This section is from the book "The Gardener V1", by William Thomson. Also available from Amazon: The New Organic Grower: A Master's Manual of Tools and Techniques for the Home and Market Gardener.
As summer approaches, the demands of our favourites will be considerable, what with training, potting, and other requisites, this being the period when the bulk of their growth is made. Water must be administered copiously, never once allowing the plants to flag through a deficiency of it.
In my experience I have found great benefit to the plants derived from the practice of inverting small pots over the holes in the bottoms of those intended to put the plants into. These small pots are covered over with broken crocks, then a portion of rough fibry turf, thereby securing perfect drainage. Drained in this way, any amount of water can be given without danger of souring the compost; and it is astonishing to see how fast they form masses of greedy sucking rootlets in this covering of the drainage. This system of draining with small pots is commenced when the plants are of dimensions sufficient to occupy pots 8 inches in diameter.
Should any plant indicate symptoms of stuntedness, lose no time to have the same shaken from its soil, washing the roots by repeated immersions in tepid water; cut back any decayed roots, and repot in lesser pots amongst a compost of equal proportions of silver-sand and well-rotted leaf-mould. Insert the pots in mild bottom-heat, and keep the roots moist; by this change the conditions of such plants will be greatly improved.
No form of training can cope with that of the pyramid-ical; it is imposing in the highest degree, especially when the plants have attained respectable dimensions, with well-clothed sides of foliage. Supposing this form be the aim, the first object is to establish a good foundation by guiding half-a-dozen growths towards the margin of the pots, at equal distances, having selected the most vigorous growth to take an upright direction, to be retained as a leader. Proceed next to secure these shoots in their proper positions by tying each to a light stake, detaching with the lingers only the very extremity of the shoots when they have made four or five joints, according to the habit of the variety.
By this method of stopping, the plants will sustain no check to their progress, but will shortly start out a succession of new wood, which, in its turn, will require to be directed to its proper place, and supported there temporarily by stakes. On no account let there be any scruples about pinching, which must be repeated as often as is necessary to maintain the intended form.
In a cool season no difficulty attends the accomplishment of this; not so in a summer like the one just past. Too strong sunshine has a bleaching tendency, even to the extent of evaporating the colour along with the sap of the leaves, and in numerous instances burning the tissue on the leaves into brown spots. This is especially the case with plants turned out of a warm close atmosphere.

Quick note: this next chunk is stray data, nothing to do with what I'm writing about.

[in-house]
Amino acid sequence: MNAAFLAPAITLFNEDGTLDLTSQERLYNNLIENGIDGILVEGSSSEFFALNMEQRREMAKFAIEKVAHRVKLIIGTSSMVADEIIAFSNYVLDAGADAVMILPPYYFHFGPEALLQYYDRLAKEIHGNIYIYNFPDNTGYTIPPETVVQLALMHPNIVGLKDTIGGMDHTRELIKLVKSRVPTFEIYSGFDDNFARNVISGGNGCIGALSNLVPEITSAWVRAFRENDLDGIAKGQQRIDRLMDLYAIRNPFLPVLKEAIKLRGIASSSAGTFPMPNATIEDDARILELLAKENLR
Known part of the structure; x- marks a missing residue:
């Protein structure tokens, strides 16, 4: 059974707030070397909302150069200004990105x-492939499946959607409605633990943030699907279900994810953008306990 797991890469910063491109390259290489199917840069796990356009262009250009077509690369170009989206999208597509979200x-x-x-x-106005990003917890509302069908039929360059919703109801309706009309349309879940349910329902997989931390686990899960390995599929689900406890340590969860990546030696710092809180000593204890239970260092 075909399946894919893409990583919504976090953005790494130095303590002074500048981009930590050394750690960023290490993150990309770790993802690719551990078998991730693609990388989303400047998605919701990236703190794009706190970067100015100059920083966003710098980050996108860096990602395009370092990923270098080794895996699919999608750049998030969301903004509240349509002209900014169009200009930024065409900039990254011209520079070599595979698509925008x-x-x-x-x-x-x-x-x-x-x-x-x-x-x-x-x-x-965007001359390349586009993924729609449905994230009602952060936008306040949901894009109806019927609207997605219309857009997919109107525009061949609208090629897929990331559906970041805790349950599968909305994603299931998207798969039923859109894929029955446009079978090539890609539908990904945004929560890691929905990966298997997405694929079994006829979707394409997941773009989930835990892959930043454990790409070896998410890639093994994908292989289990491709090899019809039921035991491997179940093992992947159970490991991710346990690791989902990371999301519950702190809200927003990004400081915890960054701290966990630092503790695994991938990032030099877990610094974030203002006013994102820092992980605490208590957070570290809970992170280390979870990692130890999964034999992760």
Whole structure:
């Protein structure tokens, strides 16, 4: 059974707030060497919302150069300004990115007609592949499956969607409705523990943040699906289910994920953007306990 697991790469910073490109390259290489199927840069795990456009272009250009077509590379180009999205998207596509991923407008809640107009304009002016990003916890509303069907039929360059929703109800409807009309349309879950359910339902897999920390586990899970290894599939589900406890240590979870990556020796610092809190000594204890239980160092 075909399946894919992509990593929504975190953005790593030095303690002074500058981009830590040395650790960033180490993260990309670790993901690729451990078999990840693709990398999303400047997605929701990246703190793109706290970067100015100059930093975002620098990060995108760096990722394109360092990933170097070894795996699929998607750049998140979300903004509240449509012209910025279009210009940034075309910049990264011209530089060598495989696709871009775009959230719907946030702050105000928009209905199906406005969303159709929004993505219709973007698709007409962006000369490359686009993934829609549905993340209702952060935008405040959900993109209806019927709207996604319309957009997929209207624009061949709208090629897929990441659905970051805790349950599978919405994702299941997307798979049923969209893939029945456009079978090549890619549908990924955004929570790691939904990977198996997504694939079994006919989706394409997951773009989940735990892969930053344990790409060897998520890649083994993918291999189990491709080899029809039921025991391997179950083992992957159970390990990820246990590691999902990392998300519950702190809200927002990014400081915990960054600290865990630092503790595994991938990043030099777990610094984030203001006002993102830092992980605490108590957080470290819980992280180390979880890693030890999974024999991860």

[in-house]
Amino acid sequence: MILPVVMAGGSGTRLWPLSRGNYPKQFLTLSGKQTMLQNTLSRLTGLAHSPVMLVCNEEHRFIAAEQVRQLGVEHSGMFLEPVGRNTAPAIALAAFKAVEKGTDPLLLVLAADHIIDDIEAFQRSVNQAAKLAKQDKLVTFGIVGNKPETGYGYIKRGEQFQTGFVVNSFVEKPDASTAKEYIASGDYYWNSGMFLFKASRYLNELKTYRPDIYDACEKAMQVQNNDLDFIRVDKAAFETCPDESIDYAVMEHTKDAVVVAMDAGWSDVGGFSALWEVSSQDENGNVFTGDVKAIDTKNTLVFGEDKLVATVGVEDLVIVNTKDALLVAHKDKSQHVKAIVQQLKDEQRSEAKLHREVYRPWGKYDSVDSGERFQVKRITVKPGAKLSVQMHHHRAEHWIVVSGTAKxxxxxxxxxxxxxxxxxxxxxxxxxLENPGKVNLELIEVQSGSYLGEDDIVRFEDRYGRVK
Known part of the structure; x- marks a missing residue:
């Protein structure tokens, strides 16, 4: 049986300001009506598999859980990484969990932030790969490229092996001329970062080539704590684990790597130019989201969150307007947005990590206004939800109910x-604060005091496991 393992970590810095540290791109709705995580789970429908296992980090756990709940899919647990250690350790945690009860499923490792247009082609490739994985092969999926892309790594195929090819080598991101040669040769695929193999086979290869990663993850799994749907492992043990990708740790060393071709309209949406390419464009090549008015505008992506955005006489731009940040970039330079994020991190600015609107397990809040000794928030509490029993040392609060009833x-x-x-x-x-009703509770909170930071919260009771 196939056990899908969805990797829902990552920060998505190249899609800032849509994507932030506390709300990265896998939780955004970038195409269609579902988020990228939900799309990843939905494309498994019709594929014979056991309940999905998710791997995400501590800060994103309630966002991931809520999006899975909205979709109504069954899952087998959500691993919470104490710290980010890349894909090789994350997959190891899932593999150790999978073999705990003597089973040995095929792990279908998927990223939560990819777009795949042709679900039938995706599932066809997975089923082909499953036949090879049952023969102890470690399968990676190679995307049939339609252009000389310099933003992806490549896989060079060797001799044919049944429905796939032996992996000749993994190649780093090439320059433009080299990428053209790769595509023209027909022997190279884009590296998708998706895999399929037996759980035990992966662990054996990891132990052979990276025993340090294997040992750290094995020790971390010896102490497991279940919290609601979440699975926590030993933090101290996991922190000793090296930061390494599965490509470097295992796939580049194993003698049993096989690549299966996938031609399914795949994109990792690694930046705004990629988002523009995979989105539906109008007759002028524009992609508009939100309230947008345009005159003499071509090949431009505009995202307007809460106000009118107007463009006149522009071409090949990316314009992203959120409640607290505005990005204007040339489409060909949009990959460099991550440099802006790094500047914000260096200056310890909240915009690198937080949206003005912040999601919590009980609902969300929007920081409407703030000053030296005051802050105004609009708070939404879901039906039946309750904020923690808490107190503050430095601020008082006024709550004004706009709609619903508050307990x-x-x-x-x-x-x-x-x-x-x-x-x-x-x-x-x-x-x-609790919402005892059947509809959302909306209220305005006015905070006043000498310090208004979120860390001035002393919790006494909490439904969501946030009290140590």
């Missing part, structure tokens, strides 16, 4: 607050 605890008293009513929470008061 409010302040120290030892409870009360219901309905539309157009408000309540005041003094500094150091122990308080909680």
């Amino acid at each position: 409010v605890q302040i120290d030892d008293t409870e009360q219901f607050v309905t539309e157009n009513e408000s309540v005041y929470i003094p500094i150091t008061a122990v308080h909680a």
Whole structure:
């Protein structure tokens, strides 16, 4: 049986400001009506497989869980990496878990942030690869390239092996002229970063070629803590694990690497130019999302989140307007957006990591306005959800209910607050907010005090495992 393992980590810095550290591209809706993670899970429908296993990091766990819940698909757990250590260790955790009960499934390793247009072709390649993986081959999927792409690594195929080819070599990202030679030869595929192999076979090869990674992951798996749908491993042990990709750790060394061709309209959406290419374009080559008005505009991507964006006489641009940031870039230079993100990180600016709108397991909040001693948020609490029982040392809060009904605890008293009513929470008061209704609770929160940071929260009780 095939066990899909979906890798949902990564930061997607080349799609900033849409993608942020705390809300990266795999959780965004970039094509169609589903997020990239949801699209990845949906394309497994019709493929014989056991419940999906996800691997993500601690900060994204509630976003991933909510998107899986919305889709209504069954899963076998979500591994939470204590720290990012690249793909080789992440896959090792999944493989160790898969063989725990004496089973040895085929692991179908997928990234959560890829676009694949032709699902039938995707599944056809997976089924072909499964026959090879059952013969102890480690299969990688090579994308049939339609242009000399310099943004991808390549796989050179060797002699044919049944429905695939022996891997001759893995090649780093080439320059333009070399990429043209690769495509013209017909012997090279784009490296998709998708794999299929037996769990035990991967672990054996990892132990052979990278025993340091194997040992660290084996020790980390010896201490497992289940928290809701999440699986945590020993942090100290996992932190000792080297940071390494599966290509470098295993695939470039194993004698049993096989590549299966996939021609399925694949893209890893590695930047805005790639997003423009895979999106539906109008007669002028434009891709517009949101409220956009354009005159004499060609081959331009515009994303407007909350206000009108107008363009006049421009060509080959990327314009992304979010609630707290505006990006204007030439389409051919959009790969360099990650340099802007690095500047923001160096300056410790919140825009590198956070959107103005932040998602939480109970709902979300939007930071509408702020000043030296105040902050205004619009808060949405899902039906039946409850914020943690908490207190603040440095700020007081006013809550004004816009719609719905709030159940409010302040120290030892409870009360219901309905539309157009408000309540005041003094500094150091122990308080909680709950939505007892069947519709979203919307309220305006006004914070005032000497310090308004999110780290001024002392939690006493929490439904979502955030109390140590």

While the slightest shade prevents colouring most effectively both in and out of doors, an open airy situation, on the other hand, produces and accelerates it rapidly. The richest colour I ever witnessed on any tricolor was shown on a plant of Lady Cullum, and this was brought about by the following conditions: After being grown over the summer in a cold pit, open night and day, but shaded from the sun a good portion of the day by a wall which stands opposite, this plant was placed along with others in the full sun, with no other protection than a sash-frame raised above them upon brick piers erected beneath each corner. Meantime the breezes of the most airy situation of the garden were allowed to circulate without restraint.
"While the colouring process is being accomplished, water ought to be afforded them in more limited quantities than previously; but do not allow them to flag for want of it, always supplying the water in the evenings, and syringing overhead at the same time after strong sunshine.
These are gifted with a stronger constitution than the tricolor section, and are thereby more qualified to rough it in winter. With few exceptions the same conditions favourable to the growth of the common zonal will suit them; but, notwithstanding this, where ample accommodation is at command, I should allot them a place by the side of the tricolors, and otherwise treat them the same, with only this difference - viz., add one part more of loam to their compost, and a small portion of guano to their water, while they are finishing their growth.
The following list of sorts we annex; they are all first-rate: Golden tricolors - Lady Cullum, Sir Robert Napier, Mrs Turner, Miss Watson, the Moonston, Jetty Lacey, Sophia Dumaresque, L'Empereur, Queen of Tricolors, and Lucy Grieve.
Silver Tricolors - Italia Unita, Silver Cloud, Glow-worm, Burning Lush, Lass of Gowrie, and Charming Bride.
Bronzes - Crown Prince, Mrs Grimond, Goldfinder, Duke of Edinburgh, Black Knight, Sybil, Prima Donna, Lady Musgrave, Ebor, and Countess of Kellie. A. Kerr.